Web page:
Most of them had been abandoned and had remained in compliance with the Nunuku Act, even in the face of pathogens and armed visitor groups. However, in 1835 the members of the M?ori clans Ng?ti Tama and Ng?ti Mutunga, who live in today's Wellington, New Zealand, chose to hike to the Chatham Islands.
About 500 men, wives and kids came to the coast, decided to take the country they found there through a practise named "walking the land", where they roamed the islands and set up wherever they wanted. The Moriori, who did not agree or tried to keep their counties, were butchered in summary. There are about 1,000 Moriori who gather to debate what they should do.
These invasions were different from earlier arrives that came, took supplies and then went. A number of younger men claimed that Nunucus' laws were meant to keep them from each other and that they were not meant for those who were not Moriori. So the Moriori chose not to struggle. King wrote that M?ori seem to have at about the same moment ruled that a pre-emptive attack was necessary.
Soon after, several hundred Moriori were murdered by M?ori "At least 220 men and wives were murdered, and many more were born. Records of a Moriori Elder Councillor from 1862 list all the Moriori adults who lived on that date in 1835. There was a crucifix that signified that they had either passed away or been murdered; two crucifixes signified that they had been boiled and ate, a tradition that is customary in continental territorial wars.
Anyone who had not been murdered was slain, segregated from their family and excluded from marriage. "Moriori regarded M?ori as a different and substandard people and murdered people because they belonged to the Moriori group. In 30 years there were only about 100 Moriori remaining. After 30 years of enslavement, an already fractured people was wronged; the 97.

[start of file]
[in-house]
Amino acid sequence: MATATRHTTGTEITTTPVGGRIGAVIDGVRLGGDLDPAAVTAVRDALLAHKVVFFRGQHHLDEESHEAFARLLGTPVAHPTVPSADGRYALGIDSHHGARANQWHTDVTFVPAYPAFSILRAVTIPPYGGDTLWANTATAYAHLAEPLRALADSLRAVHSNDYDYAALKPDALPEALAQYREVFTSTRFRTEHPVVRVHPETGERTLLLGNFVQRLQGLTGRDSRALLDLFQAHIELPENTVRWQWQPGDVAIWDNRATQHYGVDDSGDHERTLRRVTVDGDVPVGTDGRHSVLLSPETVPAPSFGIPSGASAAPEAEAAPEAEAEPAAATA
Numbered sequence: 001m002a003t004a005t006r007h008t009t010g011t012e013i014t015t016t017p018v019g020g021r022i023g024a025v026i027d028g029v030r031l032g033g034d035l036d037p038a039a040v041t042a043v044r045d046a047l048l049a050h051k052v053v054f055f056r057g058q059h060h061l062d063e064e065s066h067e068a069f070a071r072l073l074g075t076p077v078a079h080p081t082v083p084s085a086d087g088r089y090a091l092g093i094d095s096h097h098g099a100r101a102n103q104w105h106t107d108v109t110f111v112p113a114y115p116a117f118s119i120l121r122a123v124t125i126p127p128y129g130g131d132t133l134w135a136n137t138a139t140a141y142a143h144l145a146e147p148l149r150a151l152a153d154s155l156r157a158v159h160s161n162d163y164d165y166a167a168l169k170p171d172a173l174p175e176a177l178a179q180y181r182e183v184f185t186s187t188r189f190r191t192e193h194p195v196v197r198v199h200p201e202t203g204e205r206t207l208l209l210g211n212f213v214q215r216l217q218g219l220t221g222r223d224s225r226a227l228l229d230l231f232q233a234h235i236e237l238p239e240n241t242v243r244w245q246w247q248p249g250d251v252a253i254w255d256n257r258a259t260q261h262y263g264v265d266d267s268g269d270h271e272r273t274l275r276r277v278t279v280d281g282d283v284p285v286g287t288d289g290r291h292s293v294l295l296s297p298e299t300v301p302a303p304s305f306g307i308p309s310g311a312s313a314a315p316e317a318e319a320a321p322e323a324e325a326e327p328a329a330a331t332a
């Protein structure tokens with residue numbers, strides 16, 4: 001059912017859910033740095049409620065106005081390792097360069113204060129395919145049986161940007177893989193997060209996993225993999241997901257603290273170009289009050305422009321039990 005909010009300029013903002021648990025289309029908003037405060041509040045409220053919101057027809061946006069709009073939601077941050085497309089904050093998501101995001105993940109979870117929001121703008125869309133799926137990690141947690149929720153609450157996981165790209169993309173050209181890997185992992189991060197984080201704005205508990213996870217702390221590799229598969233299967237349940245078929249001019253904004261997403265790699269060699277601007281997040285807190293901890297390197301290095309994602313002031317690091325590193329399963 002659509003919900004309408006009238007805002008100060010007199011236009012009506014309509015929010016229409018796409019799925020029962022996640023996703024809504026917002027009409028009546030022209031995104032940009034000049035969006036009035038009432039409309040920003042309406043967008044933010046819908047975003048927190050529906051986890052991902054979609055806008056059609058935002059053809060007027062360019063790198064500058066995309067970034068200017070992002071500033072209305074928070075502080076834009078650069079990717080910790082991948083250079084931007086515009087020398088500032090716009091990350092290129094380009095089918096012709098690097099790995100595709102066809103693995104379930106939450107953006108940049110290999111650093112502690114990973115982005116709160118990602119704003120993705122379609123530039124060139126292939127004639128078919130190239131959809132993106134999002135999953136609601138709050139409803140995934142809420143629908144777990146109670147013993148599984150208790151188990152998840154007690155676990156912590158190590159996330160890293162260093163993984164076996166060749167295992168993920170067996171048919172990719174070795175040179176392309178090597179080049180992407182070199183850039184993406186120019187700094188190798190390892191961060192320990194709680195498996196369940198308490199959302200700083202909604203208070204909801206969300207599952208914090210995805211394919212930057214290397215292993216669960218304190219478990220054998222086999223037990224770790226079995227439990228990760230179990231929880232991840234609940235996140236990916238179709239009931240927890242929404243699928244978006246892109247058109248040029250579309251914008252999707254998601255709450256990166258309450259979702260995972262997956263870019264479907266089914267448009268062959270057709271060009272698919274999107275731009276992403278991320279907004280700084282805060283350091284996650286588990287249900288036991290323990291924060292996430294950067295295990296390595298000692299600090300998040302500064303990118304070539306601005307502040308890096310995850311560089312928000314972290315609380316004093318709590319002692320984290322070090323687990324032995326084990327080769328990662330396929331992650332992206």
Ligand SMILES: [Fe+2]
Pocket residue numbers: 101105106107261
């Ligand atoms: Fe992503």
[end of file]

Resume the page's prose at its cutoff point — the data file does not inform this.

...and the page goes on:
3% of the Chatham Islands to Ng?ti Mutunga M?ori in a 1870 Native Land Court ruling; and the systematical depiction of Moriori as a "lazy, foolish people" that differs from M?ori and Polynesi in a copy of the 1916 School Journals, a set of education journals used in New Zealand primary school.
The last "full-blooded" Moriori, known as Tommy Solomon, passed away in 1933 and many claimed that the Moriori had disappeared forever. However, several hundred Moriori offspring have established themselves in New Zealand, albeit far from the Chatham Islands, in a land that has often neglected to recognise their attendance or what had occurred to them.
However, since the 1980' these historic horrors have been gradually recognised as what they were, mainly thanks to the continuing effort of the approximately 900 Moriori still in New Zealand. Moriori was granted part of the wealth of fishery in the Chatham Islands by a New Zealand court in 1994; in 1997 the first Moriori marine, a assembly building, began to be built on the Chatham Islands in over 160 years.
New Zealand Education Minister Anne Tolley traveled to the islands in 2011 to present Moriori with a new range of school magazines that tell her stories in detail. Moriori: A History of Survival expels a hundred years of accumulated defamation about the Moriori - another stage in the retribution of a people who have been surviving and thriving since their first visit to the Chathams, no matter how great the likelihood.